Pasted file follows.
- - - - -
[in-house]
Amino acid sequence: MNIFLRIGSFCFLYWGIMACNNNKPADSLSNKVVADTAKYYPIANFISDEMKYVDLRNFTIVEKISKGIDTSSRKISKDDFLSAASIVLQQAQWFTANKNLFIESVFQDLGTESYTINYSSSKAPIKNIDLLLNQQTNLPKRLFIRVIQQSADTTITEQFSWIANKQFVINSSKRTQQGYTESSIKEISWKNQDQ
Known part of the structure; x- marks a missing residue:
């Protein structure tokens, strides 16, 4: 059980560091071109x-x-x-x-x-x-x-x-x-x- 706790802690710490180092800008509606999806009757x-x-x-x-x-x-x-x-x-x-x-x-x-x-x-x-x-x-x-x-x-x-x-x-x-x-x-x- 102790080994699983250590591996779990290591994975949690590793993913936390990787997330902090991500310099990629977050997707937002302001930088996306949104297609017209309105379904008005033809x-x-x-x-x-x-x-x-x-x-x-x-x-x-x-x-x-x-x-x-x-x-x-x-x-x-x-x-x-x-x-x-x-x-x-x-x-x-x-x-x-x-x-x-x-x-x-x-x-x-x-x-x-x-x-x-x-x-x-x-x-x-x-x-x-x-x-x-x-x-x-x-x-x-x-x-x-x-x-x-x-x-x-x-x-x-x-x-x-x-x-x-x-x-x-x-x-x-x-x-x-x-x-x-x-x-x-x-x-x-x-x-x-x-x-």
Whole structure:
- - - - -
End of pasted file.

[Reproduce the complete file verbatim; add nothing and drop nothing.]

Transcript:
[in-house]
Amino acid sequence: MNIFLRIGSFCFLYWGIMACNNNKPADSLSNKVVADTAKYYPIANFISDEMKYVDLRNFTIVEKISKGIDTSSRKISKDDFLSAASIVLQQAQWFTANKNLFIESVFQDLGTESYTINYSSSKAPIKNIDLLLNQQTNLPKRLFIRVIQQSADTTITEQFSWIANKQFVINSSKRTQQGYTESSIKEISWKNQDQ
Known part of the structure; x- marks a missing residue:
């Protein structure tokens, strides 16, 4: 059980560091071109x-x-x-x-x-x-x-x-x-x- 706790802690710490180092800008509606999806009757x-x-x-x-x-x-x-x-x-x-x-x-x-x-x-x-x-x-x-x-x-x-x-x-x-x-x-x- 102790080994699983250590591996779990290591994975949690590793993913936390990787997330902090991500310099990629977050997707937002302001930088996306949104297609017209309105379904008005033809x-x-x-x-x-x-x-x-x-x-x-x-x-x-x-x-x-x-x-x-x-x-x-x-x-x-x-x-x-x-x-x-x-x-x-x-x-x-x-x-x-x-x-x-x-x-x-x-x-x-x-x-x-x-x-x-x-x-x-x-x-x-x-x-x-x-x-x-x-x-x-x-x-x-x-x-x-x-x-x-x-x-x-x-x-x-x-x-x-x-x-x-x-x-x-x-x-x-x-x-x-x-x-x-x-x-x-x-x-x-x-x-x-x-x-």
Whole structure: